Having the vast wilderness of a national park as my backyard this past year at Arrowmont has been both overwhelming and invigorating. The first several months of the residency I hiked to become acquainted with the landscape and scout out locations. The natural art I discovered provided endless creative inspiration, but I had no real direction within it.

When I moved here I did not know about the 2016 fire that had swept through the park and town and its profound effect on the topography. I began to encounter trees burned to their core, deformed into blackened creatures of sculptural beauty. I had previously been making sculptures out of found tree pieces and had become obsessed with the transformative power of fire to create metaphorically compelling surfaces. Consequently, I was delighted to discover that I was immersed in so many forms reflective of my visual language.

A book project I had begun prior to the residency drew from personal narratives of death that I had acted out in the landscape.

Suddenly, here I was surrounded by the evidence of death and destruction on a wide spread human level, a very near and real history of a landscape that held individual human stories.

I was also unprepared for the number of tourists that swarm through the park in the summer and fall. Instead of solitary communion with nature, each hike was a very social, human encounter. I had hoped to find secluded places to make my work, but this was nearly impossible. Every time I ventured out I had to take risks and expose myself in public spaces. My biggest fears were encountering a bear or an unfriendly tourist. But being someone that is so comfortable navigating the woods, the dangers felt peripheral to me.

Then one day in October I heard that a woman had gone missing in the park. About a week later I heard the story of how she had gotten lost and was later found dead. This news was jolting. I suddenly became aware of the carefree and often thoughtless attitude I had about hiking. But when I learned that the trail she had gotten lost on was the same trail I had decided to use for a collaborative piece, a heartbreaking story became an unavoidable reckoning with reality. I had been collaborating with a composer artist-in-residence from the park to make a sound piece and dance drawing.  It hit me that I now had to hike back out on this very trail and follow through with creating my dance drawing. But now I could not do it as merely a response to the landscape. Now every footstep I took held the reverberance of a unique human life and tragic story.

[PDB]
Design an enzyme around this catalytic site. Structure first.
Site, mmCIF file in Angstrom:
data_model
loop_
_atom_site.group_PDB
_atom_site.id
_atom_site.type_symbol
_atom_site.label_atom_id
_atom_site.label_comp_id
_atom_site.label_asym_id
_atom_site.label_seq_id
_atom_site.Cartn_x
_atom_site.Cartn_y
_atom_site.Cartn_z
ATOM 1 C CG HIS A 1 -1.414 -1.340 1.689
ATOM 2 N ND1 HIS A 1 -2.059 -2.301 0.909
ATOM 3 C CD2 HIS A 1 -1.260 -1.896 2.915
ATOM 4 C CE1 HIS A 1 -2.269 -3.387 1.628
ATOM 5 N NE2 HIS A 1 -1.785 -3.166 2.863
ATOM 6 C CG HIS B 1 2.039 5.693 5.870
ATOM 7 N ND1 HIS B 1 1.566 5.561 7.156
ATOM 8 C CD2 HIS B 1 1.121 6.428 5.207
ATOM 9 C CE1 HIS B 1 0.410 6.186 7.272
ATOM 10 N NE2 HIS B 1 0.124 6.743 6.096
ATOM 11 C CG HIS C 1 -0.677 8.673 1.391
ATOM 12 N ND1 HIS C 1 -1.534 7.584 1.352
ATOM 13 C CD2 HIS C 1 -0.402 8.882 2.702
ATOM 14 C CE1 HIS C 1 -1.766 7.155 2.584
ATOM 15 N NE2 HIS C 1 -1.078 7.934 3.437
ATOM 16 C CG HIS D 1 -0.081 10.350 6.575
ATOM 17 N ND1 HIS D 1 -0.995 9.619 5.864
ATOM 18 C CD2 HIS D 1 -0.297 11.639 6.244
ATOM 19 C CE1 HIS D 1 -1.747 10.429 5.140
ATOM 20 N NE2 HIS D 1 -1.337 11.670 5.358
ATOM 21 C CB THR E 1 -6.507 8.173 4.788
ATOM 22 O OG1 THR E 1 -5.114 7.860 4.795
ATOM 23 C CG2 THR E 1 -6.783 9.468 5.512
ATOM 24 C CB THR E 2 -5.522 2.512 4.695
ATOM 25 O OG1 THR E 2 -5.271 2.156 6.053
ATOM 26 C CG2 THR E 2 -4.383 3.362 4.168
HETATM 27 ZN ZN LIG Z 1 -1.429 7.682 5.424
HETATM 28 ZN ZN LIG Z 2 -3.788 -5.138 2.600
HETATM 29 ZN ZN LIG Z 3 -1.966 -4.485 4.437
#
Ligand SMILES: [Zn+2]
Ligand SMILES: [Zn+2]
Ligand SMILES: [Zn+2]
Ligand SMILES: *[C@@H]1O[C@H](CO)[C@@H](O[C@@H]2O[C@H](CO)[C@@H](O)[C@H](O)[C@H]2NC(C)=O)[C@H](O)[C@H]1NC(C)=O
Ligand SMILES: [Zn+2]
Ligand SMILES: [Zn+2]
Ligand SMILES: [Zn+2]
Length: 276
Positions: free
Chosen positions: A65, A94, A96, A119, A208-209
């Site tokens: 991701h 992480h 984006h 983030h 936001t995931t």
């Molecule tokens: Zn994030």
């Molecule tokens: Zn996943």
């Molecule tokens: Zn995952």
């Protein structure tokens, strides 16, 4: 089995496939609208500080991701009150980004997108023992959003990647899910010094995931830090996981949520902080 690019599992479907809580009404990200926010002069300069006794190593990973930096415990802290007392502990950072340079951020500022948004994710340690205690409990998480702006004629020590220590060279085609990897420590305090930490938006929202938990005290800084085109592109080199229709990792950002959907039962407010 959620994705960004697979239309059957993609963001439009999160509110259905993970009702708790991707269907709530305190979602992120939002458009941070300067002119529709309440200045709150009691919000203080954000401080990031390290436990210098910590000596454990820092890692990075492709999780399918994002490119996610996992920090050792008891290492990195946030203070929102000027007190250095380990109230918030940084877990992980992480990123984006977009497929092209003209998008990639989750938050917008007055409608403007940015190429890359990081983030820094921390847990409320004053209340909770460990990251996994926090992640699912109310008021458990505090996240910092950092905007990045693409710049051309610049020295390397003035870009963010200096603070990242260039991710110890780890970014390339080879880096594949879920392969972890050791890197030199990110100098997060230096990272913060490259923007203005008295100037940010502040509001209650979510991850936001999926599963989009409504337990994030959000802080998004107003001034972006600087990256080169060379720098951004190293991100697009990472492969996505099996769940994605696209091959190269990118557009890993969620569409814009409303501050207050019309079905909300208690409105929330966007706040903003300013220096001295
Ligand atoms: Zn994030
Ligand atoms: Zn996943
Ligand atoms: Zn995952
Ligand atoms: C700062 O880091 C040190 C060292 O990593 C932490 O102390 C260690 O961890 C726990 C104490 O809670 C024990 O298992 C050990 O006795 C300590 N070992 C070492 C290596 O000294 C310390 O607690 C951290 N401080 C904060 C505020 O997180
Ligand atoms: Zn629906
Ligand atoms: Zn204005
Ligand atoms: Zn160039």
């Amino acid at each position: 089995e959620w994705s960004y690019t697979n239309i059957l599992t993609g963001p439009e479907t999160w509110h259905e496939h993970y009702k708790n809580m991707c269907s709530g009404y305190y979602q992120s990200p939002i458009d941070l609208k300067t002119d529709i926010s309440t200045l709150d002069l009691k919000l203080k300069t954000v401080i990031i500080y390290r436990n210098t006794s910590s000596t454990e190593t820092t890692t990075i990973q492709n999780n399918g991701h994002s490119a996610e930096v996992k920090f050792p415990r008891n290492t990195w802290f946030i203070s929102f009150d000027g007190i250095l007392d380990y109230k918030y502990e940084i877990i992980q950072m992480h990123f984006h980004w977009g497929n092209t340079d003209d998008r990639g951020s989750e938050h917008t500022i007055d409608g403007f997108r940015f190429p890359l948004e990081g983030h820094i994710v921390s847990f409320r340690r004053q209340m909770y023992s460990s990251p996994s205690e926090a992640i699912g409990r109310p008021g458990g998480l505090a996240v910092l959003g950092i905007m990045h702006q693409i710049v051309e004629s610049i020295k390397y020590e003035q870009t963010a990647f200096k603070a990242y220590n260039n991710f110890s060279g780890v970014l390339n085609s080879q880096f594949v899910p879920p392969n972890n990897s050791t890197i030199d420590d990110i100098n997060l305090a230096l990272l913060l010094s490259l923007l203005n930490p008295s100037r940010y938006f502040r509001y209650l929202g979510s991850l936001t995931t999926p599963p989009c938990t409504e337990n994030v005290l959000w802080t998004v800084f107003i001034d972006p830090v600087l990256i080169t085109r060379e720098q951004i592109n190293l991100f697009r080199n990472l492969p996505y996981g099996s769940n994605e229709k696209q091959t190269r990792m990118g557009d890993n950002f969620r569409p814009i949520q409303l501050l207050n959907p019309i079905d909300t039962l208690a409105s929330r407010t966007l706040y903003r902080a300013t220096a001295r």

The back and forth of the collaborative process with the composer became our way of reckoning with this unexpected event. The tone of the music he composed became a murky journey of imagined memory. It began to take form in a way that resonated inside me as telling this woman’s story. Yet we both agreed the sound piece must end with my breath and the distorted sounds clearing back into their original sound waves of chirping birds. This story of temporality was also representative of the cycle of death back into life.

I then had to do one of the most difficult things I’ve ever done in my art career. I drove an hour up into the cold fog of Clingman’s Dome and then hiked 3.5 miles along Andrew’s Bald trail to the lookout. It was fairly desolate and being alone felt haunting. I had hoped to be able to make this very emotional piece in solitude, but soon enough, even on this extremely windy late October day, there was a steady stream of tourists. At last, I gave up waiting and began to make the piece on the wooden platform overlooking the mountains as tourists looked on in bemusement. It felt like I was now the bear, the creature that both fascinated and terrified them.

After this day, my fears were both moved through and held in great respect. I began to carry a full backpack of safety gear and notify at least one person of what trail I’d be on and when to expect me back. I got to know a man that had been on the search and rescue team and learned some basic survival and foraging skills from him.